Is that what these women who bonk and bolt are thinking of me – how long have I got to hold this needy bloke before I can get back to my own bed? So now I know what it must feel like to be a woman – especially the ones I did that to in my youth.

But why are these women preferring not to sleep over? Is it a feminist/autonomy/empowerment thing? A fear of intimacy thing? A primordial preference for one’s own territory thing? All of the above?

One woman told me that she couldn’t stay the night because she had to get back home to her cat. She claimed that her cat was ‘very neurotic’ and had ‘abandonment issues’, so it was best if she went. But when I suggested I stay at her place instead she explained that her cat – who always slept with her – didn’t like strange men in the bed.

Another woman said she couldn’t stay because she had to get back to her kids. ‘Of course,’ I said. ‘I understand.’ But I didn’t. Her ‘kids’ were in their 20s!

At least one woman was honest about her reasons: ‘I hate sleeping in someone else’s bed!’ she confessed. ‘I can never actually sleep. I like my duvet and my pillows. Men’s beds always smell funny. Slightly musty.’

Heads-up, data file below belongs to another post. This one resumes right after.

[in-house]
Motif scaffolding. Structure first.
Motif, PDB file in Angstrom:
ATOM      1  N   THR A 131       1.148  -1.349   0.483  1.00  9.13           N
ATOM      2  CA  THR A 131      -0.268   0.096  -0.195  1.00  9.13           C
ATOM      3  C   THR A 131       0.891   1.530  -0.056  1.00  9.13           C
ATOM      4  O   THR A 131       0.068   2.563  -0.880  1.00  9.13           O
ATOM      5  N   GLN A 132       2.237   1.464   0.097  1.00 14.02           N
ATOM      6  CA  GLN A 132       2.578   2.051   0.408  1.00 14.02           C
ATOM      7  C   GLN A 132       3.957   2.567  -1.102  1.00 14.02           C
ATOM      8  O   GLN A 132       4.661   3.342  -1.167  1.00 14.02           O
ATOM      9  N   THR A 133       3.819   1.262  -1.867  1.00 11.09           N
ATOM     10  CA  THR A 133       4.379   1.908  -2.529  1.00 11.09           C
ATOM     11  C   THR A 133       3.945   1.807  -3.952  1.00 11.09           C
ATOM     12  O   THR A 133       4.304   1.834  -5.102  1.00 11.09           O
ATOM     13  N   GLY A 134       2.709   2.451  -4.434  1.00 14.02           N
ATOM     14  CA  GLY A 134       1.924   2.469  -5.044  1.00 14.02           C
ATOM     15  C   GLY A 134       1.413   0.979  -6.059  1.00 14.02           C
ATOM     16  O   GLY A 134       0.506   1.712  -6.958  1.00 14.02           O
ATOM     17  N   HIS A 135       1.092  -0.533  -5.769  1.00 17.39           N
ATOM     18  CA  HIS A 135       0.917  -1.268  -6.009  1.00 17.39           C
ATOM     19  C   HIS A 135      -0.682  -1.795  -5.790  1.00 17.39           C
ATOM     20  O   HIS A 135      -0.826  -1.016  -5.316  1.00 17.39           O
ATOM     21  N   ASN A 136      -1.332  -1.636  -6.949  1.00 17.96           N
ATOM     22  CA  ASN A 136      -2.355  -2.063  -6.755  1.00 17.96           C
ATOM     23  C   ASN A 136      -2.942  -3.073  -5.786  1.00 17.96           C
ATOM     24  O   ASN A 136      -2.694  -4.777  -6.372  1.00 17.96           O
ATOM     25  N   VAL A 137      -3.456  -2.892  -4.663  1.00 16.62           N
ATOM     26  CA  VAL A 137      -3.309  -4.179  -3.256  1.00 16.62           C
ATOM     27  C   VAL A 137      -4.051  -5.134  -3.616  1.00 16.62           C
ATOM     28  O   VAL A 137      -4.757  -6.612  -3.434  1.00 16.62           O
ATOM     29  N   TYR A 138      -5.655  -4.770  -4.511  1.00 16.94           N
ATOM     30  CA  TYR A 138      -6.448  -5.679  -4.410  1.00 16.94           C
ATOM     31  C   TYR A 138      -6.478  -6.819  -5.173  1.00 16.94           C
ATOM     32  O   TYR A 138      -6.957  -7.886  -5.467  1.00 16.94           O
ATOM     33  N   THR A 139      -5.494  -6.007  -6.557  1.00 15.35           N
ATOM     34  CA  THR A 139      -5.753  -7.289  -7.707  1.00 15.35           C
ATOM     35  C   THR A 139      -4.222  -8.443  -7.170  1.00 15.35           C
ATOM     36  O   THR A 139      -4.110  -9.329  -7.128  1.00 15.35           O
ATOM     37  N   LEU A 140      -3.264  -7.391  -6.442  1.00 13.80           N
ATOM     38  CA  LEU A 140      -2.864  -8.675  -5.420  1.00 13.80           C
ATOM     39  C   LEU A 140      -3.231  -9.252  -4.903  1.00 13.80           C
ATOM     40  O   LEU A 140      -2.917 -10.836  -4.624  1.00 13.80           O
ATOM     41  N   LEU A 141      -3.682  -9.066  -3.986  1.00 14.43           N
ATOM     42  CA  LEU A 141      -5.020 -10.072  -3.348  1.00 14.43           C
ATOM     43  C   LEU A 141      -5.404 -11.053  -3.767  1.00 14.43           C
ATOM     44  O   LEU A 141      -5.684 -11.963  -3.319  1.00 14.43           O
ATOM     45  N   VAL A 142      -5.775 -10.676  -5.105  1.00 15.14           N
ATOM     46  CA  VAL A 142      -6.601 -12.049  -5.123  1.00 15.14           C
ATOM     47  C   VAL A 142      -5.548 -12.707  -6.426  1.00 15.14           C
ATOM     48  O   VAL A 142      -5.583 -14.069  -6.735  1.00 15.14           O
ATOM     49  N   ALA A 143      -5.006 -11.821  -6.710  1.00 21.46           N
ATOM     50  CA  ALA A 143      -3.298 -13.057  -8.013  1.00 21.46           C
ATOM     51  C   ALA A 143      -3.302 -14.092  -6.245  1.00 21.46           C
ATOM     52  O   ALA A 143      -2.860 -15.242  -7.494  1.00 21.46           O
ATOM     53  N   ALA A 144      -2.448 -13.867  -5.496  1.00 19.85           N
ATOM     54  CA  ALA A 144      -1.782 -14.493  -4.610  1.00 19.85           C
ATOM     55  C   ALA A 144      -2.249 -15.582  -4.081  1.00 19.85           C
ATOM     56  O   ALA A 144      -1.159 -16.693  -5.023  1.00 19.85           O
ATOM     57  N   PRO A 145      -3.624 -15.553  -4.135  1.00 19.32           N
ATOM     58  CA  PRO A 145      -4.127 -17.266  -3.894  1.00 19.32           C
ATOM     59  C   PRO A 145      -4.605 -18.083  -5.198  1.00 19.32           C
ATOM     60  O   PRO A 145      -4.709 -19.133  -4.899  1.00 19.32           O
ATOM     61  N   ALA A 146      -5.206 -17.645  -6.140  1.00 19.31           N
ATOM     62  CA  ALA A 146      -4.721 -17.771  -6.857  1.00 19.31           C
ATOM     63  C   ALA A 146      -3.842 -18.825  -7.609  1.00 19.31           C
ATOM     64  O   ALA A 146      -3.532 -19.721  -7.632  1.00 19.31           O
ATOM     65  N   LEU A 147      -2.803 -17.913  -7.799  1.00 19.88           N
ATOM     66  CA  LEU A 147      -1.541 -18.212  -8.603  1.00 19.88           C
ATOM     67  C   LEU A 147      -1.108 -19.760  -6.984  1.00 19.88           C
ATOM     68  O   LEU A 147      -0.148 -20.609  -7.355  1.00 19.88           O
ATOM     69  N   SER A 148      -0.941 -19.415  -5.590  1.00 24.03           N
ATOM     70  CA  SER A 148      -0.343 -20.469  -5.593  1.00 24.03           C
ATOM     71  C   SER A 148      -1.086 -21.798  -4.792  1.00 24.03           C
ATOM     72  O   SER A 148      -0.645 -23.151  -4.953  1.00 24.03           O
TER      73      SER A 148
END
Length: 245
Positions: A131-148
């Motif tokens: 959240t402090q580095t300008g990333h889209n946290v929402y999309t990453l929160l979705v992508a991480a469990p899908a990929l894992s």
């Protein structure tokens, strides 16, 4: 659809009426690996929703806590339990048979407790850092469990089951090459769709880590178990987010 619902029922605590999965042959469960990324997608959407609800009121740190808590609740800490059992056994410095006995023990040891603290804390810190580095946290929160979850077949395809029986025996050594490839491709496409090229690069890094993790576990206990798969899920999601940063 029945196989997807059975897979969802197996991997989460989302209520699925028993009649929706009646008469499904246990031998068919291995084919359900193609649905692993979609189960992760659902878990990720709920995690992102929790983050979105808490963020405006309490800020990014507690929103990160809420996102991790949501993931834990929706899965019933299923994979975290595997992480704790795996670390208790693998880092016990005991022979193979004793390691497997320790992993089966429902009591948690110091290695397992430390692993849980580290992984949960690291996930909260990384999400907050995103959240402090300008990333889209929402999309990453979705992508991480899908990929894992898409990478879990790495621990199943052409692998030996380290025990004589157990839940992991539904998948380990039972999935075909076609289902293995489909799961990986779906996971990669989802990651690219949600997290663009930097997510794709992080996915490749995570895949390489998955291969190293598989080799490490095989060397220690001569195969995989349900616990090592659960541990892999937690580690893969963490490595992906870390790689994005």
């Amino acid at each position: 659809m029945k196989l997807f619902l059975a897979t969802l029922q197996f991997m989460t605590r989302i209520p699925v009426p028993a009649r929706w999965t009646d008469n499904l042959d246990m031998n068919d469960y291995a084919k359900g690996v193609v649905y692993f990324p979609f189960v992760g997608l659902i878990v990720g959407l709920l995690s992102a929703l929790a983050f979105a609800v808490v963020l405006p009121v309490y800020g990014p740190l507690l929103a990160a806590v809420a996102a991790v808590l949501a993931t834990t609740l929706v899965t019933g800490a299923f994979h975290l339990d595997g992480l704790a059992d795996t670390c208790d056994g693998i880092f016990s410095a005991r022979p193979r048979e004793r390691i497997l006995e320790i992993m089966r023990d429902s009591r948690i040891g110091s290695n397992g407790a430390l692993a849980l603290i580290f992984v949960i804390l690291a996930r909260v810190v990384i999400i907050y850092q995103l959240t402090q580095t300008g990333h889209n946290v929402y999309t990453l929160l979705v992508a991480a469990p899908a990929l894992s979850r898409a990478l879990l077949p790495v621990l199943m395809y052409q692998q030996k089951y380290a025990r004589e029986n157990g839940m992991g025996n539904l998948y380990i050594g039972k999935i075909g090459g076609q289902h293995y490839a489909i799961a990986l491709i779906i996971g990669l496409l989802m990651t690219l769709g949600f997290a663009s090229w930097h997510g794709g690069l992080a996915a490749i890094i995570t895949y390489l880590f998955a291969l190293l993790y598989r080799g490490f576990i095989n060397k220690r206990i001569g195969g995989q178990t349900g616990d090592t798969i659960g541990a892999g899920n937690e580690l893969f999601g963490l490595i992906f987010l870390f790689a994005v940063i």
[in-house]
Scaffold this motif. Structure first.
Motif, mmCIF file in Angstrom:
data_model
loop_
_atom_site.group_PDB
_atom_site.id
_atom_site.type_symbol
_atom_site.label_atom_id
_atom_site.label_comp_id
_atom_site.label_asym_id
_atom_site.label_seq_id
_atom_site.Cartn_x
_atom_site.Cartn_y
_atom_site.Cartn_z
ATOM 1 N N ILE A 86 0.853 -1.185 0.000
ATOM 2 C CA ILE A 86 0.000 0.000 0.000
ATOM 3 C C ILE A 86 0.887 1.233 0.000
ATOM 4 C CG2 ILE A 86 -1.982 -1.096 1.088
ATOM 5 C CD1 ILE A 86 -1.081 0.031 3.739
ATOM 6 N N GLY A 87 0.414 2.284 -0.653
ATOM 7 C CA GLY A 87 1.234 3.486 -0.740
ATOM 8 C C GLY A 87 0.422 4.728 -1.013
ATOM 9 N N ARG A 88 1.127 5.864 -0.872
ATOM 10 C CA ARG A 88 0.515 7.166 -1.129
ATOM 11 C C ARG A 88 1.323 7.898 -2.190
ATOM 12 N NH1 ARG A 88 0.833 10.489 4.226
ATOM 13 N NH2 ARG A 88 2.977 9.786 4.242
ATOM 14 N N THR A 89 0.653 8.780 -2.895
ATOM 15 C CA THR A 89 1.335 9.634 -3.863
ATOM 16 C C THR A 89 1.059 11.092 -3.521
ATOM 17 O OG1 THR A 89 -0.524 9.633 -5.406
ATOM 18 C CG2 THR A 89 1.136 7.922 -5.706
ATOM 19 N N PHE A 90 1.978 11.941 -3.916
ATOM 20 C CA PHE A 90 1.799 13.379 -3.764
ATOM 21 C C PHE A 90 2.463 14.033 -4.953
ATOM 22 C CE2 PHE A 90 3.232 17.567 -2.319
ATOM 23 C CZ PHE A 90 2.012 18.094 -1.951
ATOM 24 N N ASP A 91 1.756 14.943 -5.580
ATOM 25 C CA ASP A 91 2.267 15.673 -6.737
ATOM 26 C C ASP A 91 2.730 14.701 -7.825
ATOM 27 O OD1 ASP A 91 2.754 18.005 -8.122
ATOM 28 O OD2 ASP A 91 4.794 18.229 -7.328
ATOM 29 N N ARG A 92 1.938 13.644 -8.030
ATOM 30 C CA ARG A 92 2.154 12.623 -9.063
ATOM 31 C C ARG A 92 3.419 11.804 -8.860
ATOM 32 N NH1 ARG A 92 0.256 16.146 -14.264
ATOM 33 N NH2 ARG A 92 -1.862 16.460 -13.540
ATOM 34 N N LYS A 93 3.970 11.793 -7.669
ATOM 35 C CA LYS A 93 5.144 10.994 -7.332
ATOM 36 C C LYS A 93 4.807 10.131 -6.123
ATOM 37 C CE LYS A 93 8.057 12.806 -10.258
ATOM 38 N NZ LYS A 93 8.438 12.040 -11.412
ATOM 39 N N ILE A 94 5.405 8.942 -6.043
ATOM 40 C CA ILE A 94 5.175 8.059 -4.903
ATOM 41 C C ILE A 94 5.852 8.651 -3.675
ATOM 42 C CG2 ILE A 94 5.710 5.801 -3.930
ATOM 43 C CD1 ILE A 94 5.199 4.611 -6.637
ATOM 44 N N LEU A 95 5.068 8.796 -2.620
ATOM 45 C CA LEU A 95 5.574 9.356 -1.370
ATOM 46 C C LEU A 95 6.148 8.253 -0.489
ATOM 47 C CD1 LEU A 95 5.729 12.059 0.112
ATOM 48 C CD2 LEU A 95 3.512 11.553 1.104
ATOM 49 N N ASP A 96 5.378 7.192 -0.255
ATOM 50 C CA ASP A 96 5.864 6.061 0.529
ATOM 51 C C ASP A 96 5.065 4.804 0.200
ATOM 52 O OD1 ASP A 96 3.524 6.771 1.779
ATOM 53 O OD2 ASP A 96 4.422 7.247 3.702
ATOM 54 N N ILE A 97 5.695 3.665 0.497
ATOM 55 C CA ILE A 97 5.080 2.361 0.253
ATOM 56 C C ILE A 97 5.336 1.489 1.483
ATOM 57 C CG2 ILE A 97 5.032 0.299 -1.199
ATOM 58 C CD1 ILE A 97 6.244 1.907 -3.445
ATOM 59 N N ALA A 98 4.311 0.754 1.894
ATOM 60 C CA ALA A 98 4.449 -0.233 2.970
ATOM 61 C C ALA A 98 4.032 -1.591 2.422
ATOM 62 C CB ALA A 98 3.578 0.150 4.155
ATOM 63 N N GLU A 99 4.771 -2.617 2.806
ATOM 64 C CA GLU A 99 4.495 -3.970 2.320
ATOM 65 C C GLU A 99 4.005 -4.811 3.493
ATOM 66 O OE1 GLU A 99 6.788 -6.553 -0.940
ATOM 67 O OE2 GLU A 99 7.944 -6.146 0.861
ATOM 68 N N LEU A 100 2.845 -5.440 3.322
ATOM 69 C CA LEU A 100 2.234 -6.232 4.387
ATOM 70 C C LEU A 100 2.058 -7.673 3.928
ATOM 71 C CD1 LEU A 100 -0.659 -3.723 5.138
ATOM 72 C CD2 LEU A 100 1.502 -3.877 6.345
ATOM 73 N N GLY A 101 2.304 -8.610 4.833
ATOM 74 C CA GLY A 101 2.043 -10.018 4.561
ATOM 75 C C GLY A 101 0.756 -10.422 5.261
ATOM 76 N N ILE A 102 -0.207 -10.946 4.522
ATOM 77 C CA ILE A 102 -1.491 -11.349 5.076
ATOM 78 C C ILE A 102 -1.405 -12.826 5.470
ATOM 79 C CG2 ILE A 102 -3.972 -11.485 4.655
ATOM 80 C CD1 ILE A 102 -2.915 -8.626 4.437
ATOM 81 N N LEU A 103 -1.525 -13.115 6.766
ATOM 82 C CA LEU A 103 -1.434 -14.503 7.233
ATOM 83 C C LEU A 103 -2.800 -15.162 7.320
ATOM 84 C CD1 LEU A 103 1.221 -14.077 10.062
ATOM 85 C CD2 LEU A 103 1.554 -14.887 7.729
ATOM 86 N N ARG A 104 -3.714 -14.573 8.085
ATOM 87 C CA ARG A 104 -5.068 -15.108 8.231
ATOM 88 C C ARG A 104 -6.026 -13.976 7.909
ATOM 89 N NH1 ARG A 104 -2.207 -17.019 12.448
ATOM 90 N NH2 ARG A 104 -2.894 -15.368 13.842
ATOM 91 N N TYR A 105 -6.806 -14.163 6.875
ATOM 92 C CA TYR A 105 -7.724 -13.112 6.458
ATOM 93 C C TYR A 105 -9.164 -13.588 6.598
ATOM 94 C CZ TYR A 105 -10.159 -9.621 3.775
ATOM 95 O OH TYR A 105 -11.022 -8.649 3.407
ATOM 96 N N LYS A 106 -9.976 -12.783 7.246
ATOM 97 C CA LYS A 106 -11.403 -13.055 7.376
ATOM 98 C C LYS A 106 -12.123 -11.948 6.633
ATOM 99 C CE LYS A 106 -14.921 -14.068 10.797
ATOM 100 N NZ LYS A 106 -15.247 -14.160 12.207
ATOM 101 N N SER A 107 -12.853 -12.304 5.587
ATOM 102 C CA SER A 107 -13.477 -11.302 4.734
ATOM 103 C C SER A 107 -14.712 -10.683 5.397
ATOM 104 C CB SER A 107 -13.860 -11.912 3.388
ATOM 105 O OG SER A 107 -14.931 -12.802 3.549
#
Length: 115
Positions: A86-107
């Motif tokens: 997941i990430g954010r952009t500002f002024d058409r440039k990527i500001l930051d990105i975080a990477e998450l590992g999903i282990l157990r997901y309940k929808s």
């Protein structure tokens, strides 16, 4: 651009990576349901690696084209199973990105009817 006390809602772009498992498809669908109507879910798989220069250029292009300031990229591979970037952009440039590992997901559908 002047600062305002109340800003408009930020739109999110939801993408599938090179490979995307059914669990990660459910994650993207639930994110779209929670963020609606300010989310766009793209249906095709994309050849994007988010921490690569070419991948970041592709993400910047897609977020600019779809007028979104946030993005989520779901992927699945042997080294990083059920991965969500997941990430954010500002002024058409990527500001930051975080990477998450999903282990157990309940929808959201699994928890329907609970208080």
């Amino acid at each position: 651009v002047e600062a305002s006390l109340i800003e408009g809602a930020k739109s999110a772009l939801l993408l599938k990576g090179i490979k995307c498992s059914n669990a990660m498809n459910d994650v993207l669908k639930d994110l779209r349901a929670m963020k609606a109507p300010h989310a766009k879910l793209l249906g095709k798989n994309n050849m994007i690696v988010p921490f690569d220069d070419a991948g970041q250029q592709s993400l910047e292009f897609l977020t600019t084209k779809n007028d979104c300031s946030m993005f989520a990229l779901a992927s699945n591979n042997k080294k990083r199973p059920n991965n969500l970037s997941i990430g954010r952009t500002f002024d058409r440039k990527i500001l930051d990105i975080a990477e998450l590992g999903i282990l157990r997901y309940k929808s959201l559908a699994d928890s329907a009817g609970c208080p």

‘OK,’ I said. ‘Why don’t I sleep in your bed?’ ‘No. I hate having someone sleep in my bed,’ she said. ‘It’s such an invasion of your personal space.’

We are vulnerable when we are sleeping; it requires trust, and we know that in the morning we will be seen at our worst (stock image)

We are vulnerable when we are sleeping; it requires trust, and we know that in the morning we will be seen at our worst (stock image)

Yes, I realise that you should never sleep with someone who talks about invading their ‘personal space’. But I always thought that an invitation to sleep over would be welcomed by women – it showed an openness to commitment and intimacy. ‘No,’ says a young female friend. ‘It’s a sign of desperation and neediness. There’s nothing so unsexy as a man offering you a spare toothbrush – which you know has been used before by the previous woman – and one of his old pongy T-shirts to sleep in. No thanks!’

It’s odd that we’re willing to share bodily fluids with each other, but not a bed. But then sleeping with someone is an act of intimacy, one that is in some ways more intimate than sex. We are vulnerable when we are sleeping; it requires trust, and we know that in the morning we will be seen at our worst.

I confess that I’m not an easy man to sleep with. I tend to go to bed too early for most of my partners. Some years ago I asked my then girlfriend to marry me. ‘Absolutely not!’ she declared. ‘I won’t marry a man who goes to bed at 8.30pm.’ (I don’t always go to bed that early – honest!) And, yes, I snore (badly). I have to pee at least three times a night. And once in a while I have night sweats. OK, nobody is perfect.

That said, I’m a man who really loves to cuddle all night long – and I make a great cup of morning tea.